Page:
The documentary The Mask We Live, explores the myth of hyper-masculinity and how it affects us. In a world where “you throw like a girl” is an insult, feminine qualities are shamed.
As women are increasingly free and equal, shifts have been made to give the modern woman more space. But we like neat boxes – so how do we differentiate ourselves?
Hyper-masculinity expects men to be aggressive, impulsive and assertive. Phrases like “grow a pair” and “man up” mean that their masculinity is constantly being questioned.
These ideals have created what United Nations special rapporteur Rashida Manjoo calls a “boys’ club culture”, to us, lad culture and reinforced rape culture. If men are emotionally illiterate, how may they understand and relate to women? If they must fight for what they want, women are conquests to be “won”.
On a more psychological level, these bottled up emotions lead to violence, suicide and rape. 50% of men dealing with mental health issues do not seek help, and suicide rates are the highest amongst male teenagers.
These societal narratives are failing both young men and women. We need to remind ourselves and our peers about consent and emotional intelligence. It is vital to understand that an enthusiastic, sober yes is the only true form of consent.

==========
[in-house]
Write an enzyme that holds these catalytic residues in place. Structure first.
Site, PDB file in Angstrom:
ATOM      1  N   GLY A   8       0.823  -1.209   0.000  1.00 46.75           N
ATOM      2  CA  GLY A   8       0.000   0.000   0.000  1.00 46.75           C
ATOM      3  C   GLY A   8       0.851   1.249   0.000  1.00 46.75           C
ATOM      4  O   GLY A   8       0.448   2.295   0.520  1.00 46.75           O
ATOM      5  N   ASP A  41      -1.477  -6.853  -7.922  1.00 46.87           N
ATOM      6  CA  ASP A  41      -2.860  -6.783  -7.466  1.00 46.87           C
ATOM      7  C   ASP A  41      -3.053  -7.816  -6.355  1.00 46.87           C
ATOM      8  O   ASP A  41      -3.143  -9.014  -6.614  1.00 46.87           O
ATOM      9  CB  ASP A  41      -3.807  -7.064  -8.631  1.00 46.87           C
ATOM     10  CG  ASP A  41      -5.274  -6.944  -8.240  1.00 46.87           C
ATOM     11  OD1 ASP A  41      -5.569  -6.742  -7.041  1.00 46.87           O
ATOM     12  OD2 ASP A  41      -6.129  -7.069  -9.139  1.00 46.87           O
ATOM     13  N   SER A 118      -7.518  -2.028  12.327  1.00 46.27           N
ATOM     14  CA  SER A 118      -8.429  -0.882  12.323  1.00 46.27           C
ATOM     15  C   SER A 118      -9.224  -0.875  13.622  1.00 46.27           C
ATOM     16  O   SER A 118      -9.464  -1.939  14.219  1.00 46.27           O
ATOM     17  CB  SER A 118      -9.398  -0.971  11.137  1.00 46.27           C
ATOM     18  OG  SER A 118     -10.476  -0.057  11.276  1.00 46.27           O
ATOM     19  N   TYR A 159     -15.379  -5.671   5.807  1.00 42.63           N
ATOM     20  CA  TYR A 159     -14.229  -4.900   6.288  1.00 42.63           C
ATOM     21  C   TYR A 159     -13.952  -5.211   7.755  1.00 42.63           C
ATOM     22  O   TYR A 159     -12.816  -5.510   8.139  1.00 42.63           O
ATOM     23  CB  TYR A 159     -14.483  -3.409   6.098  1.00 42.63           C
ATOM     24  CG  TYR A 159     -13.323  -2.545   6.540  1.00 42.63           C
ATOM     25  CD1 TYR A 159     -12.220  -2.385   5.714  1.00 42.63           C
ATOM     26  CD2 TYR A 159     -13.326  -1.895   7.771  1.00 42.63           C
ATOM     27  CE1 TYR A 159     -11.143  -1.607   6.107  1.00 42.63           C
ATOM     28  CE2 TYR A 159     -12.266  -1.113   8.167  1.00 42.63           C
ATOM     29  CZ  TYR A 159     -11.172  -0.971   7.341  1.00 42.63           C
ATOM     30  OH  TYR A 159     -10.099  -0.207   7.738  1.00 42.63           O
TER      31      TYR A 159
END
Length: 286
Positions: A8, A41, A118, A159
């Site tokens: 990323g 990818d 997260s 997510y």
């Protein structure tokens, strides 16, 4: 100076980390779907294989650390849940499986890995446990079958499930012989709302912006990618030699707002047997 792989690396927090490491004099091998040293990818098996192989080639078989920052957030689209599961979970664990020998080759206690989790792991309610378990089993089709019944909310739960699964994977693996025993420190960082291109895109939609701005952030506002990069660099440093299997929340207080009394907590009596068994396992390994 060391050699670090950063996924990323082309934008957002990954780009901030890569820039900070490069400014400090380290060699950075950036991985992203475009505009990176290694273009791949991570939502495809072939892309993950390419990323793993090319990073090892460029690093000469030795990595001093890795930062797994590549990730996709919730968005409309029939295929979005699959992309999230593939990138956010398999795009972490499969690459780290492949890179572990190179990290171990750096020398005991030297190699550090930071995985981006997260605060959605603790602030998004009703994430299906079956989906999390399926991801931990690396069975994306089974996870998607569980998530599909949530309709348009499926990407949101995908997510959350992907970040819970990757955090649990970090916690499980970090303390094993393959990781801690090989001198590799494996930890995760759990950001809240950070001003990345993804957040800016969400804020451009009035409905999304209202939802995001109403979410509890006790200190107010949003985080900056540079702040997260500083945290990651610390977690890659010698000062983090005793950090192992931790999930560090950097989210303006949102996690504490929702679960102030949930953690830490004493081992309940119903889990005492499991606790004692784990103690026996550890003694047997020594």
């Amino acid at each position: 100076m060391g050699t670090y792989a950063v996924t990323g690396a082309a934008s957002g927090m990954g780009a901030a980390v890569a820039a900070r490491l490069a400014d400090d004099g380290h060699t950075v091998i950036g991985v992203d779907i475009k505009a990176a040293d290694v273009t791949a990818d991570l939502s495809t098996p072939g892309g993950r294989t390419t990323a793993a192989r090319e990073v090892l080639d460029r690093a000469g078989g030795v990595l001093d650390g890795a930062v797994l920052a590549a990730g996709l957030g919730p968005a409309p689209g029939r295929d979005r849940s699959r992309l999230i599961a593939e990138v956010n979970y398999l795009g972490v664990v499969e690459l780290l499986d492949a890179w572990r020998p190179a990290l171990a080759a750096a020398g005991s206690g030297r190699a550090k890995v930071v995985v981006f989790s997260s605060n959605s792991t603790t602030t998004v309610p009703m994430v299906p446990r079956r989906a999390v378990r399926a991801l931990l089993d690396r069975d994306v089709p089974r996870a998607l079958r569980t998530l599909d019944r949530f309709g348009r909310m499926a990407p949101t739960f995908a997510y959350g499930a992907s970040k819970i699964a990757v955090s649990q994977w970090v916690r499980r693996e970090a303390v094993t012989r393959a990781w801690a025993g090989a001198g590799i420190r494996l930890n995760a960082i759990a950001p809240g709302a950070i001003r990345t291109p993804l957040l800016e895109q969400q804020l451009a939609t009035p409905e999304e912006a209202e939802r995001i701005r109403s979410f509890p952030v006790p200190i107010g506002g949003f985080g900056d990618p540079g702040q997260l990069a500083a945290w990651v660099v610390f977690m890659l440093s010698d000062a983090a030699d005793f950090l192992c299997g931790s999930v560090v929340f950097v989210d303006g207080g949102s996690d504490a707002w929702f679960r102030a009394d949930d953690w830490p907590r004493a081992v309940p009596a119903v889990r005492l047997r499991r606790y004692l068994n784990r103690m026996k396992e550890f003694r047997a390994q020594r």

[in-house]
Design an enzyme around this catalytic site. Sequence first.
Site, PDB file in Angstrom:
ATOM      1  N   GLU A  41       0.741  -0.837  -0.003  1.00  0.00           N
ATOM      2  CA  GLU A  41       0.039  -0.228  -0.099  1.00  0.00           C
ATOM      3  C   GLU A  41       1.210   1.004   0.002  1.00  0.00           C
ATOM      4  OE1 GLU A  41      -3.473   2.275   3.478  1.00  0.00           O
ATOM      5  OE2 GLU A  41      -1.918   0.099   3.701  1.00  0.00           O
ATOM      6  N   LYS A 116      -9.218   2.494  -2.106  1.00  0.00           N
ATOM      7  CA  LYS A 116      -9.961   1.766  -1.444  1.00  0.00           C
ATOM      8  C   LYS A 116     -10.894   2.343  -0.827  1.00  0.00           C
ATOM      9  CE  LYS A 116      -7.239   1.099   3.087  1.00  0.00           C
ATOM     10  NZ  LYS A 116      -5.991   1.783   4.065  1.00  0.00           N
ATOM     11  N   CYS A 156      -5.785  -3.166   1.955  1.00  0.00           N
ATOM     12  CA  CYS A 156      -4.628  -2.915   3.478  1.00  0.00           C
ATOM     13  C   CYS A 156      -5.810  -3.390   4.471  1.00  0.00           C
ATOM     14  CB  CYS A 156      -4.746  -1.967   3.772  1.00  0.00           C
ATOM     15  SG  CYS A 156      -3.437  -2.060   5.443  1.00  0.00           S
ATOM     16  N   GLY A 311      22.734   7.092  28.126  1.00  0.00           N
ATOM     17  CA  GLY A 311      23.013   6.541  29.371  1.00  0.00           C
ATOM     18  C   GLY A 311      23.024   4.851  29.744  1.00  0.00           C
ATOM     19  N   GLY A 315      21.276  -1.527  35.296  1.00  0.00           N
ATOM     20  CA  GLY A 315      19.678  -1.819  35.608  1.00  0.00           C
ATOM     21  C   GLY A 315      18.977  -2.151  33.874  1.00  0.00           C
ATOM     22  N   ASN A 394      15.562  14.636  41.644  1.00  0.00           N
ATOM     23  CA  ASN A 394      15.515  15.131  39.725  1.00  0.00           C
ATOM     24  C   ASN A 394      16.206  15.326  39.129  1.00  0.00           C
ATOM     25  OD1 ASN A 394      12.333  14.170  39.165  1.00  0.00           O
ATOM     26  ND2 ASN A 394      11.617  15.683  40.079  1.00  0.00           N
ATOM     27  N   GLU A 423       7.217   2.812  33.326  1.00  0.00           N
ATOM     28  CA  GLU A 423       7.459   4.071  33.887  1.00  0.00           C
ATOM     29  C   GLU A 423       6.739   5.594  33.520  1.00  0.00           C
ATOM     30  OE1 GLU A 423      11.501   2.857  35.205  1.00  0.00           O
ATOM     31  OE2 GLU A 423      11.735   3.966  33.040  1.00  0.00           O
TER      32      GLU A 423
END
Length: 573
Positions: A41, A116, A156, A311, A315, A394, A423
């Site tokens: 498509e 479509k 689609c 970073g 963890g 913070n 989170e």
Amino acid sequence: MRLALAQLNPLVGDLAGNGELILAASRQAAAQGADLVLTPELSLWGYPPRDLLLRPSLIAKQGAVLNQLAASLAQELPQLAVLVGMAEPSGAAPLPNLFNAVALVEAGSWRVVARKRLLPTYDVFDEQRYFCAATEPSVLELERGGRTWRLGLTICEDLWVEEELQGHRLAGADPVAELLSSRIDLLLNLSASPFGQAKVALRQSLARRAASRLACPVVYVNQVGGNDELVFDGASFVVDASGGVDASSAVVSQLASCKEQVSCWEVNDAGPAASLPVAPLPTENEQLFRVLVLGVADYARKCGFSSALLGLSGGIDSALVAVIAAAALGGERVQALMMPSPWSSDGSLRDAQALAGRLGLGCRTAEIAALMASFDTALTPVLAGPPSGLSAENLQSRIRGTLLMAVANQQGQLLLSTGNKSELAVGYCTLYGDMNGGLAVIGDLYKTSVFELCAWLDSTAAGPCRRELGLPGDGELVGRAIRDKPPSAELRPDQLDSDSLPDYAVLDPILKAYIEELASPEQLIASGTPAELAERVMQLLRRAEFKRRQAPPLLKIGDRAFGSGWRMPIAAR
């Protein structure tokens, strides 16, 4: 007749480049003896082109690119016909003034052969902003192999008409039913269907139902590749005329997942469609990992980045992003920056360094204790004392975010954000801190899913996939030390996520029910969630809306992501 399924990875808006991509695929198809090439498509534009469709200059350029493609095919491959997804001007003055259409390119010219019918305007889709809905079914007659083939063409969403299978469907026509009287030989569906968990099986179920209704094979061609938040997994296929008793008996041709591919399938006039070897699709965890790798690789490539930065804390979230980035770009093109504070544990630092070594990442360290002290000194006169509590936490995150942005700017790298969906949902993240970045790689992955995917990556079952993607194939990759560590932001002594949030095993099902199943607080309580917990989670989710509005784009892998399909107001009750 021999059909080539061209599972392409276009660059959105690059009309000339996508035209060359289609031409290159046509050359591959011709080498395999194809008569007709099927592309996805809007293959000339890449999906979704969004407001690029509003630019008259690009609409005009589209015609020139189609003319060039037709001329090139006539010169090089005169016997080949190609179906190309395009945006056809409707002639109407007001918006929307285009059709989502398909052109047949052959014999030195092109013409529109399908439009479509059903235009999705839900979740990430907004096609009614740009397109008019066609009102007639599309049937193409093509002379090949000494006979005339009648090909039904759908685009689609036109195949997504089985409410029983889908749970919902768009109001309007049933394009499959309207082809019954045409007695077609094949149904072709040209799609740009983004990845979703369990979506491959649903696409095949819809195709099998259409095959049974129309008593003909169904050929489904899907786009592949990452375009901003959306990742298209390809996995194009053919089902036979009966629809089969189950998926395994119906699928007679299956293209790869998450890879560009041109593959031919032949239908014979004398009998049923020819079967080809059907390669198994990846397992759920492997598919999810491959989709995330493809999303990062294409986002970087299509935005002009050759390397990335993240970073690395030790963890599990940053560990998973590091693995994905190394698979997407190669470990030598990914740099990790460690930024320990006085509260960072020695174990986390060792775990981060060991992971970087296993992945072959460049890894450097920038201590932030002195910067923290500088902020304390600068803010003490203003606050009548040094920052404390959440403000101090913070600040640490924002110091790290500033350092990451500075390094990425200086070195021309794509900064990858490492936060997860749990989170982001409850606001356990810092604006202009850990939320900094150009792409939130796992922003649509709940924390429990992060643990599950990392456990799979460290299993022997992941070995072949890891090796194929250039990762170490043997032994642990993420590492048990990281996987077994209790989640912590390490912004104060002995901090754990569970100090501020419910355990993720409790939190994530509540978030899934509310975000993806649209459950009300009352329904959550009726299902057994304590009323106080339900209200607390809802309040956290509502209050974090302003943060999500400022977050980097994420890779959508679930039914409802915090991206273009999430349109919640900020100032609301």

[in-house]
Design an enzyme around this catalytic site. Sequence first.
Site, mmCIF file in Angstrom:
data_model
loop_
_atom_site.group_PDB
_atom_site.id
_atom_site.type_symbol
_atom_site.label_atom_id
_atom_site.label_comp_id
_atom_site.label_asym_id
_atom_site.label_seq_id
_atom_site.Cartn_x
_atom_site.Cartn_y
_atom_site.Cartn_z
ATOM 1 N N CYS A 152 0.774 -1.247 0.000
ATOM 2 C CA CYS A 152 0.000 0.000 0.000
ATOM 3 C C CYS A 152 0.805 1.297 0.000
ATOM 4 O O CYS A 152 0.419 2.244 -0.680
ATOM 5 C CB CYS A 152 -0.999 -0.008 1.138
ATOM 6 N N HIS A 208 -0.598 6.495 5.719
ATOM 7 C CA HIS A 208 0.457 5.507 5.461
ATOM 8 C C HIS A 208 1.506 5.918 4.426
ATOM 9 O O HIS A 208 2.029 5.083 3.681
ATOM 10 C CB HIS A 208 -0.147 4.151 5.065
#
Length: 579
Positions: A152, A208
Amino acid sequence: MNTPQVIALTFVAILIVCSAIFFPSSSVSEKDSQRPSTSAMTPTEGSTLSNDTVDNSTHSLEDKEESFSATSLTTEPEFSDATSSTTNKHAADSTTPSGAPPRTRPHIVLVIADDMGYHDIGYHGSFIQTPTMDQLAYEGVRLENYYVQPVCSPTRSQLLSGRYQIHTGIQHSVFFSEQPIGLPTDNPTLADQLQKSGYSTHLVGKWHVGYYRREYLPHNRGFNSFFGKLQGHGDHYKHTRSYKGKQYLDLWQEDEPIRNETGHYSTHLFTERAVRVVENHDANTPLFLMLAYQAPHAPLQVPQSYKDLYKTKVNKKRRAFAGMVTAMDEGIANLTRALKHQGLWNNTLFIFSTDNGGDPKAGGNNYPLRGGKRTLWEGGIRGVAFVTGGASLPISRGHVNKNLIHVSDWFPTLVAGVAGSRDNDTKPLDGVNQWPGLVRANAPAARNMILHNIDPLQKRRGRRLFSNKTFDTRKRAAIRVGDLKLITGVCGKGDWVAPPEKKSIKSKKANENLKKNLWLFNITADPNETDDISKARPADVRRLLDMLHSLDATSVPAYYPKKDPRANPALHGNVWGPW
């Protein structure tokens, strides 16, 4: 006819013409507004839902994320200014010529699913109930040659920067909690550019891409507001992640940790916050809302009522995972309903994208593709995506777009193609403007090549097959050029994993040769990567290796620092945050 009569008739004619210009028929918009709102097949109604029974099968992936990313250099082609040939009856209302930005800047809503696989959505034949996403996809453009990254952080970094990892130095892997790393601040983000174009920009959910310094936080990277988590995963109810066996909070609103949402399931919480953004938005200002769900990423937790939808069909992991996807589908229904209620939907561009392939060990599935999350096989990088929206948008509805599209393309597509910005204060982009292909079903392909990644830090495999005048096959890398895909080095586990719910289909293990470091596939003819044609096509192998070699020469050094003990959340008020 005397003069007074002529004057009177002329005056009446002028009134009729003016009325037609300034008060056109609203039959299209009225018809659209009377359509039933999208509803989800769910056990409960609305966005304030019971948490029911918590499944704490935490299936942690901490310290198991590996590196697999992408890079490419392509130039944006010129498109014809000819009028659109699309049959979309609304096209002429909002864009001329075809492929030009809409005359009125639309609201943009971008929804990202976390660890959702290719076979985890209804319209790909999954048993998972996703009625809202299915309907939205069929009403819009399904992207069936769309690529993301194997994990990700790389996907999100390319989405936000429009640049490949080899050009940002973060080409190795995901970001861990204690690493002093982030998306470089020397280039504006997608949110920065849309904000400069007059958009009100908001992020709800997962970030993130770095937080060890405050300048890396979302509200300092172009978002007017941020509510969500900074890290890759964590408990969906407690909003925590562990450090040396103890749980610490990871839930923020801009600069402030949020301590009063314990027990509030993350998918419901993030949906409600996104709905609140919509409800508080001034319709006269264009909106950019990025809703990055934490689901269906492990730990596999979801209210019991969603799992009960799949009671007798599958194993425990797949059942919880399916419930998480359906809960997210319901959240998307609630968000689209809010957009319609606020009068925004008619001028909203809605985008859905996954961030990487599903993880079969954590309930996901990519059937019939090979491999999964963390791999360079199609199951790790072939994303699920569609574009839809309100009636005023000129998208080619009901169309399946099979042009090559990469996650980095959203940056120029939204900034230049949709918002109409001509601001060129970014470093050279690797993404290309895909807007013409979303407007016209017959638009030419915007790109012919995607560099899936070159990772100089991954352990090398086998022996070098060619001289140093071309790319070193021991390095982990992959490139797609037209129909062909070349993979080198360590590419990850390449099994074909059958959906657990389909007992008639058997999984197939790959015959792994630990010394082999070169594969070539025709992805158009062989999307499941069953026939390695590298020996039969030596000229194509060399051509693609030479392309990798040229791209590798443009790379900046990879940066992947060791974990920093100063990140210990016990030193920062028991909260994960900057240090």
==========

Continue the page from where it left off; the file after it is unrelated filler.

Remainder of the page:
Great movements like the No More campaign, starring, for one, rapper Ice T, are raising awareness against domestic violence.
At the same time, new forms of expressing one’s gender with more fluidity are opening up. Big brands such as Clinique and Tom Ford have been releasing make-up lines for men. Celebrities like Leonardo DiCaprio and David Beckham, as well as our fellow students, readily sport the ‘man-bun’ along with a beard. These facts seem to go completely against our earlier archetypal male model.
Yvonne Roberts, writing for the Observer, wonder “Where that 90s’ drive to discover what makes some men the way they are?” Perhaps she has missed the point. Our identities and expectations are constantly shifting. There is no ultimate male, but rather a clamouring of voices, all different, but in unison, that constitute what it means to be a man.